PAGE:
Society for Neuroscience Presents the Swartz Prize for Theoretical and Computational Neuroscience
CHICAGO — John Rinzel, PhD, will receive the 2019 Swartz Prize for Theoretical and Computational Neuroscience. The $25,000 prize, supported by the Swartz Foundation, honors an individual whose work has produced a significant cumulative contribution to theoretical models or computational methods in neuroscience or who has made a particularly noteworthy recent advance to the field. It will be presented in Chicago at Neuroscience 2019, the Society for Neuroscience’s (SfN) annual meeting and the world’s largest source of emerging news about brain science and health.
“As an early pioneer in the field of computational neuroscience, Dr. Rinzel is a worthy recipient of the Swartz Prize,” SfN president Diane Lipscombe said. “Dr. Rinzel and his colleagues have given us unique insights into the dynamics of neural systems, by combining elegant computational approaches with physiological data, that have had enduring and broad impact.”
Rinzel, a professor of neural sciences and mathematics at New York University, is a preeminent theoretical neuroscientist. He has made significant contributions to the understanding of brain oscillations and dynamics including the up/down-state alternations of cortical populations during slow wave sleep, as well as aspects of behavior such as a perceptual bistability, including binocular rivalry. Rinzel uses important experimental results of cellular and network neuroscience to guide his modeling, while keeping the result simple and elegant, and keeps up an active dialogue with experimentalists. His data-guided models follow the style of applied mathematics where explaining the application is the primary goal of theory.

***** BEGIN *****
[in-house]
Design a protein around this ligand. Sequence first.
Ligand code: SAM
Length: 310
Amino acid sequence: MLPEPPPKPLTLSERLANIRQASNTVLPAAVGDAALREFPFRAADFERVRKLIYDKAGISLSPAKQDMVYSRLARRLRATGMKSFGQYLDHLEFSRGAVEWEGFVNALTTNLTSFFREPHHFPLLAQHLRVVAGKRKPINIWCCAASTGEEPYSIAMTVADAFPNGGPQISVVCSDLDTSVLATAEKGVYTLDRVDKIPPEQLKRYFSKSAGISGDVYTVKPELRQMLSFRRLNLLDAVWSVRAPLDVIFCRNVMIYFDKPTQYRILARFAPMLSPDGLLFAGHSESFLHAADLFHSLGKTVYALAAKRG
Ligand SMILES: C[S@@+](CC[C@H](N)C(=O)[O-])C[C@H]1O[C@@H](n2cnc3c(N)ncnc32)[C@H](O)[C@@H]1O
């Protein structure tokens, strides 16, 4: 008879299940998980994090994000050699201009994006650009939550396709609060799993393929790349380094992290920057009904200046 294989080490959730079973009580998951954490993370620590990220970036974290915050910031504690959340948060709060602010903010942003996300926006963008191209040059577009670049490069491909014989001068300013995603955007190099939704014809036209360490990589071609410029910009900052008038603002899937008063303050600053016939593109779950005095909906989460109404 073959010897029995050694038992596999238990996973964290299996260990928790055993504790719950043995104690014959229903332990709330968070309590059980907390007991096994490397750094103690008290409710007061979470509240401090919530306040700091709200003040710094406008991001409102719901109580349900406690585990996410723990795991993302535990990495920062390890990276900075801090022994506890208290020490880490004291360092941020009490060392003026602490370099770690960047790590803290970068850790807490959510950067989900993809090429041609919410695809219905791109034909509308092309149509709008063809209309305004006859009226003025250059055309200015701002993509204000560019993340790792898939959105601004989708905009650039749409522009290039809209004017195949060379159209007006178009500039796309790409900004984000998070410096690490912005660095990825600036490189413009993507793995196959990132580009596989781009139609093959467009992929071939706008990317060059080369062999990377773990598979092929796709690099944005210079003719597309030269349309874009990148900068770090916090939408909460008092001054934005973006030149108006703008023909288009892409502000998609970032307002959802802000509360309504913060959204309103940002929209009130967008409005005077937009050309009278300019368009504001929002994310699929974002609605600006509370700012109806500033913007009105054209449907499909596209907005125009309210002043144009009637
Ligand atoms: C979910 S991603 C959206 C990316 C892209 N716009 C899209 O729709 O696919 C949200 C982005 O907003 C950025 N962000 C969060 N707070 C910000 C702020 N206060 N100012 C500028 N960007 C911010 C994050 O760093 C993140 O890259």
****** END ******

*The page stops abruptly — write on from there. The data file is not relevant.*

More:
The Society for Neuroscience (SfN) is an organization of nearly 36,000 basic scientists and clinicians who study the brain and the nervous system.